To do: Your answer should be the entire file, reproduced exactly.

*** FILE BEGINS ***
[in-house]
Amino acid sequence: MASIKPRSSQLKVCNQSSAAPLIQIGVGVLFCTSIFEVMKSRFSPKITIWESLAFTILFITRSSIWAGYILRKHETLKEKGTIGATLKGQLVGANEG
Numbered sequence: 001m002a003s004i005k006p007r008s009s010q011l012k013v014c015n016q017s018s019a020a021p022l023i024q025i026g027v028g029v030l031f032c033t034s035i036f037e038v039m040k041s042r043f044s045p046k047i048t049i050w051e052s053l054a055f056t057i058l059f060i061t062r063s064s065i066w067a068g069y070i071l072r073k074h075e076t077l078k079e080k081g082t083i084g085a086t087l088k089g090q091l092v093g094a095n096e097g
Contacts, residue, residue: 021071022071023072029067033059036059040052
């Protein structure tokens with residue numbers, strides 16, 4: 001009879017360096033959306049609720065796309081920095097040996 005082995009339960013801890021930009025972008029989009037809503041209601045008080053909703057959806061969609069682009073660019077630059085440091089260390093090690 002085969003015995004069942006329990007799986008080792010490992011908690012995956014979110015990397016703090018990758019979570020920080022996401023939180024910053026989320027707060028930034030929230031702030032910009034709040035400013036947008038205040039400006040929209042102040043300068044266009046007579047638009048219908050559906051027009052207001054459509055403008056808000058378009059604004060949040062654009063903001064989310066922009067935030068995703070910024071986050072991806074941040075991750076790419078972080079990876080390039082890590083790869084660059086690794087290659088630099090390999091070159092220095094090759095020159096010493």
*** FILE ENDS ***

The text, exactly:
[in-house]
Amino acid sequence: MASIKPRSSQLKVCNQSSAAPLIQIGVGVLFCTSIFEVMKSRFSPKITIWESLAFTILFITRSSIWAGYILRKHETLKEKGTIGATLKGQLVGANEG
Numbered sequence: 001m002a003s004i005k006p007r008s009s010q011l012k013v014c015n016q017s018s019a020a021p022l023i024q025i026g027v028g029v030l031f032c033t034s035i036f037e038v039m040k041s042r043f044s045p046k047i048t049i050w051e052s053l054a055f056t057i058l059f060i061t062r063s064s065i066w067a068g069y070i071l072r073k074h075e076t077l078k079e080k081g082t083i084g085a086t087l088k089g090q091l092v093g094a095n096e097g
Contacts, residue, residue: 021071022071023072029067033059036059040052
């Protein structure tokens with residue numbers, strides 16, 4: 001009879017360096033959306049609720065796309081920095097040996 005082995009339960013801890021930009025972008029989009037809503041209601045008080053909703057959806061969609069682009073660019077630059085440091089260390093090690 002085969003015995004069942006329990007799986008080792010490992011908690012995956014979110015990397016703090018990758019979570020920080022996401023939180024910053026989320027707060028930034030929230031702030032910009034709040035400013036947008038205040039400006040929209042102040043300068044266009046007579047638009048219908050559906051027009052207001054459509055403008056808000058378009059604004060949040062654009063903001064989310066922009067935030068995703070910024071986050072991806074941040075991750076790419078972080079990876080390039082890590083790869084660059086690794087290659088630099090390999091070159092220095094090759095020159096010493």